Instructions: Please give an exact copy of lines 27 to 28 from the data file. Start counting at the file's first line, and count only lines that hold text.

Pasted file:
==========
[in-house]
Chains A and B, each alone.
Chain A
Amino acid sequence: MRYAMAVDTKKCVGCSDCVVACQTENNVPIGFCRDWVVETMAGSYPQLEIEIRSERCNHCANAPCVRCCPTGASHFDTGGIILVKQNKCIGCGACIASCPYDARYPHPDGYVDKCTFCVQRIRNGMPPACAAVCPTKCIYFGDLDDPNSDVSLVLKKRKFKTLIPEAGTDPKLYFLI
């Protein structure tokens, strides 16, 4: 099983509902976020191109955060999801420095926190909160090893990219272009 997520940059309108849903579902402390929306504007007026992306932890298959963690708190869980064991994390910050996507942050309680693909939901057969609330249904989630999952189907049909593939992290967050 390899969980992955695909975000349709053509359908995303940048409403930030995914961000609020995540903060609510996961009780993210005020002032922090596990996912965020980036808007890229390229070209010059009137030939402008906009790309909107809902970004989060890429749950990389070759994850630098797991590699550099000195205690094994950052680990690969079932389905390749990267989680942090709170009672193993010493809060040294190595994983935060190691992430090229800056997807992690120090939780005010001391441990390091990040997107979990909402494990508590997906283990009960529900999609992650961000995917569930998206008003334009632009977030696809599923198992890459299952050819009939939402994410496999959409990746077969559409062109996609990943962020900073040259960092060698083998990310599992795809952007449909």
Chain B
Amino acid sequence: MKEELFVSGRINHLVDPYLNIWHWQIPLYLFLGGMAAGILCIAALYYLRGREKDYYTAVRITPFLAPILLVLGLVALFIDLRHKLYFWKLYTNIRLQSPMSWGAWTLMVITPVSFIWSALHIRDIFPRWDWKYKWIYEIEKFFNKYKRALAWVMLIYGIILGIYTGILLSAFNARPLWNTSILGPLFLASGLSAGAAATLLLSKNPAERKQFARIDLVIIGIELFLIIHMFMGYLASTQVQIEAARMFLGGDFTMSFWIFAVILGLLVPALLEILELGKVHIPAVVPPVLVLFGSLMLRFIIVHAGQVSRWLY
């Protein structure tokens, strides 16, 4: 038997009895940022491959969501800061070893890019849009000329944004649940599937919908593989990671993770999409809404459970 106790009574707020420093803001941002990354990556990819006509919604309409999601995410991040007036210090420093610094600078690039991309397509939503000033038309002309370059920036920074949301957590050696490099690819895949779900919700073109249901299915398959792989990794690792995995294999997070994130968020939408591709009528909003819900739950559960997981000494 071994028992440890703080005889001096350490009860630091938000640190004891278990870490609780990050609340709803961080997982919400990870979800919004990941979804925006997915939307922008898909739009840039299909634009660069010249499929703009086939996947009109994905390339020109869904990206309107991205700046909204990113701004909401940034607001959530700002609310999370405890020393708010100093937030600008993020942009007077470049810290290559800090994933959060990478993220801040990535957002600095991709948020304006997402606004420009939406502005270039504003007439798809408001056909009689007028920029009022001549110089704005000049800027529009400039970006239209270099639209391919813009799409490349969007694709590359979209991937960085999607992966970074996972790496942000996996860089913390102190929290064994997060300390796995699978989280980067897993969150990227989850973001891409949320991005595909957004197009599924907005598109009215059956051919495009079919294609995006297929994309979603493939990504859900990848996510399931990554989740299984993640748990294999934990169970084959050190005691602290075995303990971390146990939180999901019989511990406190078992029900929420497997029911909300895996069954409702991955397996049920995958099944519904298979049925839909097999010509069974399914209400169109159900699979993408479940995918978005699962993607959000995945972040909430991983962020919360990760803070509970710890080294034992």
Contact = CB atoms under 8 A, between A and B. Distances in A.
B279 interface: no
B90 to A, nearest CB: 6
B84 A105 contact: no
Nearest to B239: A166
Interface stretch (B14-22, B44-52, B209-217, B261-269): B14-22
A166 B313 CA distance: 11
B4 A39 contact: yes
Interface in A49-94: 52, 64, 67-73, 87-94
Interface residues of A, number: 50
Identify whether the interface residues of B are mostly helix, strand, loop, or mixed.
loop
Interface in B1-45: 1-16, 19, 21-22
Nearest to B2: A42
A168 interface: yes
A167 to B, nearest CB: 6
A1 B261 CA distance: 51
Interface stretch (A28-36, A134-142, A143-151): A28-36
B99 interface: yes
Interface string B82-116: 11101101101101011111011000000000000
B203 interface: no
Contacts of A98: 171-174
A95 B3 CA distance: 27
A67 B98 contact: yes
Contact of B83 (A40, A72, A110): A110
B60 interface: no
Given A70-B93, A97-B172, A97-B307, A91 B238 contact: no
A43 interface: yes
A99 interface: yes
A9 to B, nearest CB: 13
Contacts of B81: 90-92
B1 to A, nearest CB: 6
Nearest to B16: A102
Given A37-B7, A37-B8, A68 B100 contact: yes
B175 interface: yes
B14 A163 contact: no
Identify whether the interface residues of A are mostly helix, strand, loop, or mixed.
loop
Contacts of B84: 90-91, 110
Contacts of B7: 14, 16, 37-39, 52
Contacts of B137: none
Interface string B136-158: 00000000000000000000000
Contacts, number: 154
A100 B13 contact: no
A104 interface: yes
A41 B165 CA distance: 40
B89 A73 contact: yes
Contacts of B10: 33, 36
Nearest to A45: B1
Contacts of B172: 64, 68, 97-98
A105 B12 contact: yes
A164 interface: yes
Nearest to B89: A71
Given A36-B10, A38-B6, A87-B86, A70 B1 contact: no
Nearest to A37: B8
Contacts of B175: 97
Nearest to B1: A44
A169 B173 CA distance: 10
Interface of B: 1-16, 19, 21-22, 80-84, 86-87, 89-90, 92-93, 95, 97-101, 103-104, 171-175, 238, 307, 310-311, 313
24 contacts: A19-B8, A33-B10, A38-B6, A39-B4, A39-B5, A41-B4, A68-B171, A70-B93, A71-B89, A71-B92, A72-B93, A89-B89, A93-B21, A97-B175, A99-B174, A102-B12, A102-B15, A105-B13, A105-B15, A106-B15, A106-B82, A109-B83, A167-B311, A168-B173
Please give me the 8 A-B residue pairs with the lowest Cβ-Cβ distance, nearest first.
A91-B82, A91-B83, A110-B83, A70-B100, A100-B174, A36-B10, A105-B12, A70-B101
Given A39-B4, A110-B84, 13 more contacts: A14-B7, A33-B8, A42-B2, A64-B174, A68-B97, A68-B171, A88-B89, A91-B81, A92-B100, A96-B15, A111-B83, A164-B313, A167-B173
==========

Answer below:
B99 interface: yes
Interface string B82-116: 11101101101101011111011000000000000